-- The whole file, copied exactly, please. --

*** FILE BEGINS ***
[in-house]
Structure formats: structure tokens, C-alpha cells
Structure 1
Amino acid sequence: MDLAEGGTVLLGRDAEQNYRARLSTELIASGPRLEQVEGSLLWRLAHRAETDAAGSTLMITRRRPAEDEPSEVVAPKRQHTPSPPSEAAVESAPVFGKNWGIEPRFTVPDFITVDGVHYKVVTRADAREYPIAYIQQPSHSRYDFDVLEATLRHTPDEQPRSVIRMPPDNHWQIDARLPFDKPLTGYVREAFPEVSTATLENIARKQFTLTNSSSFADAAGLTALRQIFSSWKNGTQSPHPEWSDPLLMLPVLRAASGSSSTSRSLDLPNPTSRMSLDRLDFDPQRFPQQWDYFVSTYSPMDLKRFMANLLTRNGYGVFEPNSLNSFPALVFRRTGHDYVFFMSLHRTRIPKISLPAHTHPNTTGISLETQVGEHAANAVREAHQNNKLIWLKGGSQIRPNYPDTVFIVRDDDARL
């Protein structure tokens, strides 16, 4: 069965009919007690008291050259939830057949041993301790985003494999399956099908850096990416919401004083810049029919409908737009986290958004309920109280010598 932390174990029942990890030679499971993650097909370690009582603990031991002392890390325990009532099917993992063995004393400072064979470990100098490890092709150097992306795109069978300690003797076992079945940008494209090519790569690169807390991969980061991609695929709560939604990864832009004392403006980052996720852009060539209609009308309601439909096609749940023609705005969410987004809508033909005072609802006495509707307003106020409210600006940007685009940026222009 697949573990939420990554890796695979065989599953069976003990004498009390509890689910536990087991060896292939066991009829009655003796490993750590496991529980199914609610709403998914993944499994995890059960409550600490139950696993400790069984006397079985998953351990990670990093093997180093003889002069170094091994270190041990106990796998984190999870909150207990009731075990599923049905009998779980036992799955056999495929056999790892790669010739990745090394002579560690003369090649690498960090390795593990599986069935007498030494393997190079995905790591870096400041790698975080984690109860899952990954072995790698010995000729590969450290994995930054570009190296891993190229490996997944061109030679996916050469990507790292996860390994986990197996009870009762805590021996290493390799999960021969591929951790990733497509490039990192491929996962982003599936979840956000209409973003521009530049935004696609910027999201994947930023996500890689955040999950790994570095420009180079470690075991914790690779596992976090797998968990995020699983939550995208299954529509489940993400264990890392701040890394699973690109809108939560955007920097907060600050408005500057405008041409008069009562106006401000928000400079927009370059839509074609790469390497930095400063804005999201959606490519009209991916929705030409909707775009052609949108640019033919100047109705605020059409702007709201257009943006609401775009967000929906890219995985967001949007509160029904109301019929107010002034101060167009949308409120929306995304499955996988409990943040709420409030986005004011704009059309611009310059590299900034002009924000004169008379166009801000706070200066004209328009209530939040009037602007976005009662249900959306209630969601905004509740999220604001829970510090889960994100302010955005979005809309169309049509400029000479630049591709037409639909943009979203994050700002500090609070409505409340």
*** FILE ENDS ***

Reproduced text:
[in-house]
Structure formats: structure tokens, C-alpha cells
Structure 1
Amino acid sequence: MDLAEGGTVLLGRDAEQNYRARLSTELIASGPRLEQVEGSLLWRLAHRAETDAAGSTLMITRRRPAEDEPSEVVAPKRQHTPSPPSEAAVESAPVFGKNWGIEPRFTVPDFITVDGVHYKVVTRADAREYPIAYIQQPSHSRYDFDVLEATLRHTPDEQPRSVIRMPPDNHWQIDARLPFDKPLTGYVREAFPEVSTATLENIARKQFTLTNSSSFADAAGLTALRQIFSSWKNGTQSPHPEWSDPLLMLPVLRAASGSSSTSRSLDLPNPTSRMSLDRLDFDPQRFPQQWDYFVSTYSPMDLKRFMANLLTRNGYGVFEPNSLNSFPALVFRRTGHDYVFFMSLHRTRIPKISLPAHTHPNTTGISLETQVGEHAANAVREAHQNNKLIWLKGGSQIRPNYPDTVFIVRDDDARL
């Protein structure tokens, strides 16, 4: 069965009919007690008291050259939830057949041993301790985003494999399956099908850096990416919401004083810049029919409908737009986290958004309920109280010598 932390174990029942990890030679499971993650097909370690009582603990031991002392890390325990009532099917993992063995004393400072064979470990100098490890092709150097992306795109069978300690003797076992079945940008494209090519790569690169807390991969980061991609695929709560939604990864832009004392403006980052996720852009060539209609009308309601439909096609749940023609705005969410987004809508033909005072609802006495509707307003106020409210600006940007685009940026222009 697949573990939420990554890796695979065989599953069976003990004498009390509890689910536990087991060896292939066991009829009655003796490993750590496991529980199914609610709403998914993944499994995890059960409550600490139950696993400790069984006397079985998953351990990670990093093997180093003889002069170094091994270190041990106990796998984190999870909150207990009731075990599923049905009998779980036992799955056999495929056999790892790669010739990745090394002579560690003369090649690498960090390795593990599986069935007498030494393997190079995905790591870096400041790698975080984690109860899952990954072995790698010995000729590969450290994995930054570009190296891993190229490996997944061109030679996916050469990507790292996860390994986990197996009870009762805590021996290493390799999960021969591929951790990733497509490039990192491929996962982003599936979840956000209409973003521009530049935004696609910027999201994947930023996500890689955040999950790994570095420009180079470690075991914790690779596992976090797998968990995020699983939550995208299954529509489940993400264990890392701040890394699973690109809108939560955007920097907060600050408005500057405008041409008069009562106006401000928000400079927009370059839509074609790469390497930095400063804005999201959606490519009209991916929705030409909707775009052609949108640019033919100047109705605020059409702007709201257009943006609401775009967000929906890219995985967001949007509160029904109301019929107010002034101060167009949308409120929306995304499955996988409990943040709420409030986005004011704009059309611009310059590299900034002009924000004169008379166009801000706070200066004209328009209530939040009037602007976005009662249900959306209630969601905004509740999220604001829970510090889960994100302010955005979005809309169309049509400029000479630049591709037409639909943009979203994050700002500090609070409505409340």